Clinical characteristics: Long QT syndrome (LQTS) is a cardiac electrophysiologic disorder, characterized by QT prolongation and T-wave abnormalities on the EKG that are associated with tachyarrhythmias, typically the ventricular tachycardia torsade de pointes (TdP). TdP is usually self-terminating, thus causing a syncopal event, the most common symptom in individuals with LQTS. Such cardiac events typically occur during exercise and emotional stress, less frequently during sleep, and usually without warning. In some instances, TdP degenerates to ventricular fibrillation and causes aborted cardiac arrest (if the individual is defibrillated) or sudden death. Approximately 50% of untreated individuals with a pathogenic variant in one of the genes associated with LQTS have symptoms, usually one to a few syncopal events. While cardiac events may occur from infancy through middle age, they are most common from the preteen years through the 20s. Some types of LQTS are associated with a phenotype extending beyond cardiac arrhythmia. In addition to the prolonged QT interval, associations include muscle weakness and facial dysmorphism in Andersen-Tawil syndrome (LQTS type 7); hand/foot, facial, and neurodevelopmental features in Timothy syndrome (LQTS type 8); and profound sensorineural hearing loss in Jervell and Lange-Nielson syndrome.
Diagnosis/testing: Diagnosis of LQTS is established by prolongation of the QTc interval in the absence of specific conditions known to lengthen it (for example, QT-prolonging drugs) and/or by molecular genetic testing that identifies a diagnostic change (or changes) in one or more of the 15 genes known to be associated with LQTS – of which KCNH2 (LQT2), KCNQ1 (locus name LQT1), and SCN5A (LQT3) are the most common. Approximately 20% of families meeting clinical diagnostic criteria for LQTS do not have detectable pathogenic variants in a known gene. LQTS associated with biallelic pathogenic variants or heterozygosity for pathogenic variants in two different genes (i.e., digenic pathogenic variants) is generally associated with a more severe phenotype with longer QTc interval.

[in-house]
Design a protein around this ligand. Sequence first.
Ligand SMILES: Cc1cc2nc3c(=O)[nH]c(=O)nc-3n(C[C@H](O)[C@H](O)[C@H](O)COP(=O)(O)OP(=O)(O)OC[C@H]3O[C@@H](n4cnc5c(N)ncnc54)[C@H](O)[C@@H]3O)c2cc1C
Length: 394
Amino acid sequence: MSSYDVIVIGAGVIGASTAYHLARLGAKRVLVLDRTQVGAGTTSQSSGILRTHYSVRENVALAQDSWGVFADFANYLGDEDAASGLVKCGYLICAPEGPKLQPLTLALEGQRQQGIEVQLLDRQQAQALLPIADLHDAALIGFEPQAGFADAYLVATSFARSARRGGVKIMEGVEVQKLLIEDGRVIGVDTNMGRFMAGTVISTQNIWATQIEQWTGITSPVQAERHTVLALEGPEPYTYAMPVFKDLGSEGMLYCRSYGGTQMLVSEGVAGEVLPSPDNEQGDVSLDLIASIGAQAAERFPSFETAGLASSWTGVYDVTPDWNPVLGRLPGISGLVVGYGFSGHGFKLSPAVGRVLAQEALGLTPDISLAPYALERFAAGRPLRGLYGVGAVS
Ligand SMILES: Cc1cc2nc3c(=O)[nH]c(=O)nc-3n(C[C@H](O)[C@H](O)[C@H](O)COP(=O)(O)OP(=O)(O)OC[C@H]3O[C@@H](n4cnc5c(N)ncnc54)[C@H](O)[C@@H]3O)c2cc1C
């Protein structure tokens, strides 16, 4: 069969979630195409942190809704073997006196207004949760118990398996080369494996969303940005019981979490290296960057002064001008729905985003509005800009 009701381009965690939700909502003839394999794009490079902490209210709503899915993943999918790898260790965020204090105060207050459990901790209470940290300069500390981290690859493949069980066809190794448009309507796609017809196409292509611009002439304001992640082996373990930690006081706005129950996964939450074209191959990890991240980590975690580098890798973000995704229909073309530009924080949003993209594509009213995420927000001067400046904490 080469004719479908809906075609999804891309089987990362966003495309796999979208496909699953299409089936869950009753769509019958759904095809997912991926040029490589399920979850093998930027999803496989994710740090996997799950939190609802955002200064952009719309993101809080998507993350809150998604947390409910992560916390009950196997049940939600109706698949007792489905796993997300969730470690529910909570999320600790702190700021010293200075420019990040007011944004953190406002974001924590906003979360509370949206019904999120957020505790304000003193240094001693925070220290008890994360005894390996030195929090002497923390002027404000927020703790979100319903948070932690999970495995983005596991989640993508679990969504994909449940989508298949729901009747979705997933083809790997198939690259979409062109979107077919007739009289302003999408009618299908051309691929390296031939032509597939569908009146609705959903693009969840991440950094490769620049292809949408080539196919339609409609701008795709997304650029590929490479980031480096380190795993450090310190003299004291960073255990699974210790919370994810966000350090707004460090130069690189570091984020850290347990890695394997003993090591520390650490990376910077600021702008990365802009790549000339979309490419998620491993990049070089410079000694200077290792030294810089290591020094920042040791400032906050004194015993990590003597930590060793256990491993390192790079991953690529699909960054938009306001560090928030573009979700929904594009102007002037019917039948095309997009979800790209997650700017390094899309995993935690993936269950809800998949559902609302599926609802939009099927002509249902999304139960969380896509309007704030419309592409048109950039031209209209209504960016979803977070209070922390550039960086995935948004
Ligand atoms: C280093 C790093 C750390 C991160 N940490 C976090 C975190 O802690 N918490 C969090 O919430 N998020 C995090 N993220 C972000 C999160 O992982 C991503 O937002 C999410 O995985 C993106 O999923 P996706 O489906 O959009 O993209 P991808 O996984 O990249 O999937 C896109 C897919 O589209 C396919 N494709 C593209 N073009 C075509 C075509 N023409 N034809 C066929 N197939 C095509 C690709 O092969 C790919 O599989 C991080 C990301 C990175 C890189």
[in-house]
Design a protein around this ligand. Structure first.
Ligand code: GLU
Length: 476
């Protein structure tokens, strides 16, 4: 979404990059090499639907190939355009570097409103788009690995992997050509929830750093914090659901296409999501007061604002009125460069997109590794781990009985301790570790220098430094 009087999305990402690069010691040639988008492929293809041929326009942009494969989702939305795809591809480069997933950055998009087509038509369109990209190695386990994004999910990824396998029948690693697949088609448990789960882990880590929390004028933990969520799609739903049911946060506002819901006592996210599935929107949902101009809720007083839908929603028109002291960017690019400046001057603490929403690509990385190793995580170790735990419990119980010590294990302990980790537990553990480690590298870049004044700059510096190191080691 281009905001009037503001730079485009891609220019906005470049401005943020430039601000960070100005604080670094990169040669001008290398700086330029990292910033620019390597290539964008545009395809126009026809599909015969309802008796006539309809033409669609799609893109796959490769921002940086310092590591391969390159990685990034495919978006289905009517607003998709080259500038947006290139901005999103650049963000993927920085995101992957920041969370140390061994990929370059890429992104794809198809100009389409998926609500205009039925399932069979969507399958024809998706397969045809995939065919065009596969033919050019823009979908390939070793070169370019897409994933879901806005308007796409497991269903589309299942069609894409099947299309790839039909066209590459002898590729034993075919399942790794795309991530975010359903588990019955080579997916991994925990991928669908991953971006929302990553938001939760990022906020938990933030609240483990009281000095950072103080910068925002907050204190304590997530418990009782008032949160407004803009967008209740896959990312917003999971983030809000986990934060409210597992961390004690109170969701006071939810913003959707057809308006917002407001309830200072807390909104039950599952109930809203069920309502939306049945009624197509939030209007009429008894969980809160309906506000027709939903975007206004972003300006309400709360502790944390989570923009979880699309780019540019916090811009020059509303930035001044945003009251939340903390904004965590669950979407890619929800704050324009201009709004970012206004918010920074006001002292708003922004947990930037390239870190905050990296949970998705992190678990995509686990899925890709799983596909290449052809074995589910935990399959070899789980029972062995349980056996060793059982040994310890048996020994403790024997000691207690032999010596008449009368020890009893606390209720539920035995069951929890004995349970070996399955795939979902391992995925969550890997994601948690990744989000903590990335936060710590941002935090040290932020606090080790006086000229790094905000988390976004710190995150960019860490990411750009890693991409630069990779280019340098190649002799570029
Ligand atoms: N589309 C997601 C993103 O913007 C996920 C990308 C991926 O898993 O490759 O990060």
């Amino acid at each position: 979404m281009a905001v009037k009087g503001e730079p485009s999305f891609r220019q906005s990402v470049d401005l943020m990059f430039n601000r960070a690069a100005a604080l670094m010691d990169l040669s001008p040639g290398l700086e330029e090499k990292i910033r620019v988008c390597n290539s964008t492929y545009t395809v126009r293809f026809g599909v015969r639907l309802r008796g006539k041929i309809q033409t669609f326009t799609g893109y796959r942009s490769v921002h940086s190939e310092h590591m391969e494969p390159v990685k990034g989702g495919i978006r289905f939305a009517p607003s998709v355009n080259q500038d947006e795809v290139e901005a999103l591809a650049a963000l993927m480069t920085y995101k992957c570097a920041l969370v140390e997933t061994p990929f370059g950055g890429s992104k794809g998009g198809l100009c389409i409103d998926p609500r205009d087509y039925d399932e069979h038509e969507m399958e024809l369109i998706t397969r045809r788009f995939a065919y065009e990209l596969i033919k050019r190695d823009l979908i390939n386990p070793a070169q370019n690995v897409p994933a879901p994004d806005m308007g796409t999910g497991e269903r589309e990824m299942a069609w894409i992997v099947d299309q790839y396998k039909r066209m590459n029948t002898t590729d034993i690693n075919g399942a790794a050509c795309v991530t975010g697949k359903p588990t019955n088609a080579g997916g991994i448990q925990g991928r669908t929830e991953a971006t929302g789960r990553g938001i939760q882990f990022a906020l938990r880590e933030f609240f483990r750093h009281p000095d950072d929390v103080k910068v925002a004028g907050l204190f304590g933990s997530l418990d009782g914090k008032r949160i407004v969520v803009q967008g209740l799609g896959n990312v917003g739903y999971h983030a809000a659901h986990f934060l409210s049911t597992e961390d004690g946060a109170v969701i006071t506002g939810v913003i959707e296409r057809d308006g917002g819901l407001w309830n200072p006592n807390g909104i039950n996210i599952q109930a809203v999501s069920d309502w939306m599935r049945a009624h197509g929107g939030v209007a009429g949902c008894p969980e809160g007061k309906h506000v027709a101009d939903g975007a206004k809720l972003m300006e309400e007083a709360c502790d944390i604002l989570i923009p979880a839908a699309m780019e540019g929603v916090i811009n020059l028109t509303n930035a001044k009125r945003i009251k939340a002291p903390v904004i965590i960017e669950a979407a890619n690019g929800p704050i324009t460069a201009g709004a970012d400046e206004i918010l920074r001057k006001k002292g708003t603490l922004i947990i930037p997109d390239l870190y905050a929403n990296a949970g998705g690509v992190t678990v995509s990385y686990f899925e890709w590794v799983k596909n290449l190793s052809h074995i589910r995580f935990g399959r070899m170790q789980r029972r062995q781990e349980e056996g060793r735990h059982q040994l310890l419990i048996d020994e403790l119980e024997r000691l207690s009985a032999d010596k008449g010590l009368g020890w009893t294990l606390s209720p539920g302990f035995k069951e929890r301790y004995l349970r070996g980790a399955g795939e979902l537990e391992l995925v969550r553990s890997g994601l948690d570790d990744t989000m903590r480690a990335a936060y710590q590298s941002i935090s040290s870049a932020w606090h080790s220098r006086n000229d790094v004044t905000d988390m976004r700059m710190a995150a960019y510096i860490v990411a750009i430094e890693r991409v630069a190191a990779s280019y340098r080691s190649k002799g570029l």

Management: Treatment of manifestations: Beta blocker medication is the primary treatment for LQTS; possible implantable cardioverter-defibrillators (ICD) and/or left cardiac sympathetic denervation (LCSD) for those with beta-blocker-resistant symptoms, inability to take beta blockers, and/or history of cardiac arrest. Sodium channel blockers can be useful as additional pharmacologic therapy for patients with a QTc interval >500 ms.
Prevention of primary manifestations: Beta blockers are clinically indicated in all asymptomatic individuals meeting diagnostic criteria, including those who have a pathogenic variant on molecular testing and a normal QTc interval. In general, ICD implantation is not indicated for individuals with LQTS who are asymptomatic and who have not been tried on beta blocker therapy. Prophylactic ICD therapy can be considered for individuals with LQTS who are asymptomatic but suspected to be at very high risk (e.g., those with ≥2 pathogenic variants on molecular testing).
Surveillance: Regular assessment of beta blocker dose for efficacy and adverse effects in all individuals with LQTS, especially children during rapid growth; regular periodic evaluations of ICDs for inappropriate shocks and pocket or lead complications.
Agents/circumstances to avoid: Drugs that cause further prolongation of the QT interval or provoke torsade de pointes; competitive sports / activities associated with intense physical activity and/or emotional stress for most individuals.
Evaluation of relatives at risk: Presymptomatic diagnosis and treatment is warranted in relatives at risk to prevent syncope and sudden death.
Other: For some individuals, availability of automatic external defibrillators at home, at school, and in play areas.
Genetic counseling: LQTS is typically inherited in an autosomal dominant manner. An exception is LQTS associated with sensorineural deafness (known as Jervell and Lange-Nielsen syndrome), which is inherited in an autosomal recessive manner. Most individuals diagnosed with LQTS have an affected parent. The proportion of LQTS caused by a de novo pathogenic variant is small. Each child of an individual with autosomal dominant LQTS has a 50% risk of inheriting the pathogenic variant. Penetrance of the disorder may vary. Prenatal testing for a pregnancy at increased risk and preimplantation genetic testing are possible once the pathogenic variant(s) have been identified in the family.
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